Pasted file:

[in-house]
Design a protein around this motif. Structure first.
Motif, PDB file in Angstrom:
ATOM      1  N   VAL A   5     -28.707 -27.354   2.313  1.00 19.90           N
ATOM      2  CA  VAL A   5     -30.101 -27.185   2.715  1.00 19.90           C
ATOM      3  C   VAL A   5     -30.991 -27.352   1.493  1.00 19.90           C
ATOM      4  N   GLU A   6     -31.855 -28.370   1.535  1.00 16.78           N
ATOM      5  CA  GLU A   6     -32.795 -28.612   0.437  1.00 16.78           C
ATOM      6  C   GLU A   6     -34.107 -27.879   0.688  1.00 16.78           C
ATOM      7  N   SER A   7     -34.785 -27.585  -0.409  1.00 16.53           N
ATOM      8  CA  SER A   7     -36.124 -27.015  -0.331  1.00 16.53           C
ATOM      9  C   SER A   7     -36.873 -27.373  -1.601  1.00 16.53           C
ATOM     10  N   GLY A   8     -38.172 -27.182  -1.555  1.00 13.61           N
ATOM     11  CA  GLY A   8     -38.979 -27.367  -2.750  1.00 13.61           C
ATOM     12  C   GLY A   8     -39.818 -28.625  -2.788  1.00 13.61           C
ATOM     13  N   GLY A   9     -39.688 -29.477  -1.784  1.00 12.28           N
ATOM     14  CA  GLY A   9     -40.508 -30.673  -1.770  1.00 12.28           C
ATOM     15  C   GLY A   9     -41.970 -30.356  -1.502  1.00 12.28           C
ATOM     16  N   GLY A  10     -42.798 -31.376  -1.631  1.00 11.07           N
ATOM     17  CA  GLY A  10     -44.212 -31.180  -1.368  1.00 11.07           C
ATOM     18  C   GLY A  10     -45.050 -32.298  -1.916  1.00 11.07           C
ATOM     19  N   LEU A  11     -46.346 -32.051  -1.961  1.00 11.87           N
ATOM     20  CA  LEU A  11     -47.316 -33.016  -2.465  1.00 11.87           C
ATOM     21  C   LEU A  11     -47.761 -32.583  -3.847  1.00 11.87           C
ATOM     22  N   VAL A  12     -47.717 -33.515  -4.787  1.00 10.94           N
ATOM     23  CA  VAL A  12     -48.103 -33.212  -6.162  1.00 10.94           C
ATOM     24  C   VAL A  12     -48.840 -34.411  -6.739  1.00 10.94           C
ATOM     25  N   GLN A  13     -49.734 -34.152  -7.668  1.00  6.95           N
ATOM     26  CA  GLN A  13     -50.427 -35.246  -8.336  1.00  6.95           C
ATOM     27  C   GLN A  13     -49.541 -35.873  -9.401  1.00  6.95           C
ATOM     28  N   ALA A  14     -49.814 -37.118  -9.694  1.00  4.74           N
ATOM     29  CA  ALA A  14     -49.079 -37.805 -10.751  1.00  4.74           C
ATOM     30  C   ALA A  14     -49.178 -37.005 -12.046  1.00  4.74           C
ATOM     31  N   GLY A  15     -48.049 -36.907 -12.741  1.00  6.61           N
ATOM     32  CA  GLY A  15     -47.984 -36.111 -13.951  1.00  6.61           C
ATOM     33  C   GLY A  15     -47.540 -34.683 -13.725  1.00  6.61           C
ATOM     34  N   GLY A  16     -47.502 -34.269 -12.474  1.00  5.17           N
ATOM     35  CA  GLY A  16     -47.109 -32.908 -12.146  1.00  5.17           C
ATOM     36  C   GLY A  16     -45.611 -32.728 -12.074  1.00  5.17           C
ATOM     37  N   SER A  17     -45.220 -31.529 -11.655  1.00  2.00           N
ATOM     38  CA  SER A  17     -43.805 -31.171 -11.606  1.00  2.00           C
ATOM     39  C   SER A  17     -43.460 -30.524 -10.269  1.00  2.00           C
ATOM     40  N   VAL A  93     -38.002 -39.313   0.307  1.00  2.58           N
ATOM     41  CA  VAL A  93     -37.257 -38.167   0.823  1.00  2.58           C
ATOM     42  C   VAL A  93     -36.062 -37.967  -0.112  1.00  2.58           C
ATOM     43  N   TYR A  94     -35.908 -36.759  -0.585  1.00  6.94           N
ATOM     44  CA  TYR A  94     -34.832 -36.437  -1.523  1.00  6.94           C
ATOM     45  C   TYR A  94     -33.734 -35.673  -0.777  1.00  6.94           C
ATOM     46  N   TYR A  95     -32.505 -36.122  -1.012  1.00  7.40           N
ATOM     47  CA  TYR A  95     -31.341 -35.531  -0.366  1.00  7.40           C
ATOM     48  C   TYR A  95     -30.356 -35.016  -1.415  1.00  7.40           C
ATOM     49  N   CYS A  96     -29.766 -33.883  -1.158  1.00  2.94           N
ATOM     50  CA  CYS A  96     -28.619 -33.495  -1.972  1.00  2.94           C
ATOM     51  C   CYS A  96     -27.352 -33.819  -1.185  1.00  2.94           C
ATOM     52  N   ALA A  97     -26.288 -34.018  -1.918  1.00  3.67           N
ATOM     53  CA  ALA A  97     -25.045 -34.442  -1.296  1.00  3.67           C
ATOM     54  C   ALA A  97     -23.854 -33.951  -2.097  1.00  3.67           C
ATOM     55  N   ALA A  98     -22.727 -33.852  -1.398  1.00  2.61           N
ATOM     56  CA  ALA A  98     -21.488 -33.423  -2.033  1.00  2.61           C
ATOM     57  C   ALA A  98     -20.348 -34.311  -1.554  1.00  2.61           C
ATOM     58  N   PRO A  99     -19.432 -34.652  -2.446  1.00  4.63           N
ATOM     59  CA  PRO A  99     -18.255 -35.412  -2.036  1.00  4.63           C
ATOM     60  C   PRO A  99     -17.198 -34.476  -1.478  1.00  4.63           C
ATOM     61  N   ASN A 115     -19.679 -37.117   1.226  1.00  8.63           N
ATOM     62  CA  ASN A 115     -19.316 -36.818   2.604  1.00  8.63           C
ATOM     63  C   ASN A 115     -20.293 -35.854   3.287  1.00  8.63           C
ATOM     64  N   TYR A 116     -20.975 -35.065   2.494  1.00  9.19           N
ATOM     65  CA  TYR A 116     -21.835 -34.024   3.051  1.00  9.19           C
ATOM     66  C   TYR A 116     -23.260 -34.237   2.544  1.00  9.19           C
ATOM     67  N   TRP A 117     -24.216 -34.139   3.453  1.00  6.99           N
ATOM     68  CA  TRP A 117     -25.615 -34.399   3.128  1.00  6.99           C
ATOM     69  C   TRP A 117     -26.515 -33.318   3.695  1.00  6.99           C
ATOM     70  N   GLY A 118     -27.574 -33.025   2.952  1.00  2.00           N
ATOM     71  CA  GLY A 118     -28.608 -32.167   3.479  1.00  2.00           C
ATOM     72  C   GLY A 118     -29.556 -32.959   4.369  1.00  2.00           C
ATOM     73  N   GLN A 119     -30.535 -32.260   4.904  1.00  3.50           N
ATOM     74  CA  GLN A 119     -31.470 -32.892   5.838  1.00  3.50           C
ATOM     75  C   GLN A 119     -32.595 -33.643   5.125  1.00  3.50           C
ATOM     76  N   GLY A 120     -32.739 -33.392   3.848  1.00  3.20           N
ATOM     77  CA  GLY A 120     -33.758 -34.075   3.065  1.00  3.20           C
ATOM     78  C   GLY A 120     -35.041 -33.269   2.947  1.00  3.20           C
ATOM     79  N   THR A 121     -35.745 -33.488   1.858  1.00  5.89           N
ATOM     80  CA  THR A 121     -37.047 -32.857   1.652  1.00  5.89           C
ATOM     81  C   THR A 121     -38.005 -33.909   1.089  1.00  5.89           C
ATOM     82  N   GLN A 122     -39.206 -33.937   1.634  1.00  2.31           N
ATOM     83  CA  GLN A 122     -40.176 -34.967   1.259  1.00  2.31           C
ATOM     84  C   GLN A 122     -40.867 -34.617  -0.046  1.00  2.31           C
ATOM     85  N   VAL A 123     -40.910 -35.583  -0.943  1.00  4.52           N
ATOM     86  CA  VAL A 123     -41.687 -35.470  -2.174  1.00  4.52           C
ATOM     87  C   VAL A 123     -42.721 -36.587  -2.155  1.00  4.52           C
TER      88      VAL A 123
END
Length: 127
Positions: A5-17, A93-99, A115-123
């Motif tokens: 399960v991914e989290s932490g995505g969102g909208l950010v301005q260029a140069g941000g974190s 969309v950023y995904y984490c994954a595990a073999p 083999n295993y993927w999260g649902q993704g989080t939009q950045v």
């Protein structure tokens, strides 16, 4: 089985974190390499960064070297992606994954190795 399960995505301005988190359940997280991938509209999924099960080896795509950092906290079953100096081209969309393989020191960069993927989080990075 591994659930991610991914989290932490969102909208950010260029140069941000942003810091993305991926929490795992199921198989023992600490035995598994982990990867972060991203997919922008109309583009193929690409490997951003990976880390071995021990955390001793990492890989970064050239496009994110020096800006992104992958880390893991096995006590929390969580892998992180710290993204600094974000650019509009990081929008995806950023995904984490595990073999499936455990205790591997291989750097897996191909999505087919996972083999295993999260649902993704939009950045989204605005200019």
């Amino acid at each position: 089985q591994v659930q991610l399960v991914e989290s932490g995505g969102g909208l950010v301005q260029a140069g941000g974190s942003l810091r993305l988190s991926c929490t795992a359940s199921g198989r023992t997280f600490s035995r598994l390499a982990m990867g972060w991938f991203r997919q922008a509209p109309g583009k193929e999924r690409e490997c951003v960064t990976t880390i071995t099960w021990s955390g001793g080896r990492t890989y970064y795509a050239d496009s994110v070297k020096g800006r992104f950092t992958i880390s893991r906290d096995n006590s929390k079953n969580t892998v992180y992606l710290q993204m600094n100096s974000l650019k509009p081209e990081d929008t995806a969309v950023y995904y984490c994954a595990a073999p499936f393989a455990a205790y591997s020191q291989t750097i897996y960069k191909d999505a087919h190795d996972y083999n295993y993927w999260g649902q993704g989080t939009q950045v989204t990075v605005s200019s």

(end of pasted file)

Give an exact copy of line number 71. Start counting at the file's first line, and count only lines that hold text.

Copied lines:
ATOM     68  CA  TRP A 117     -25.615 -34.399   3.128  1.00  6.99           C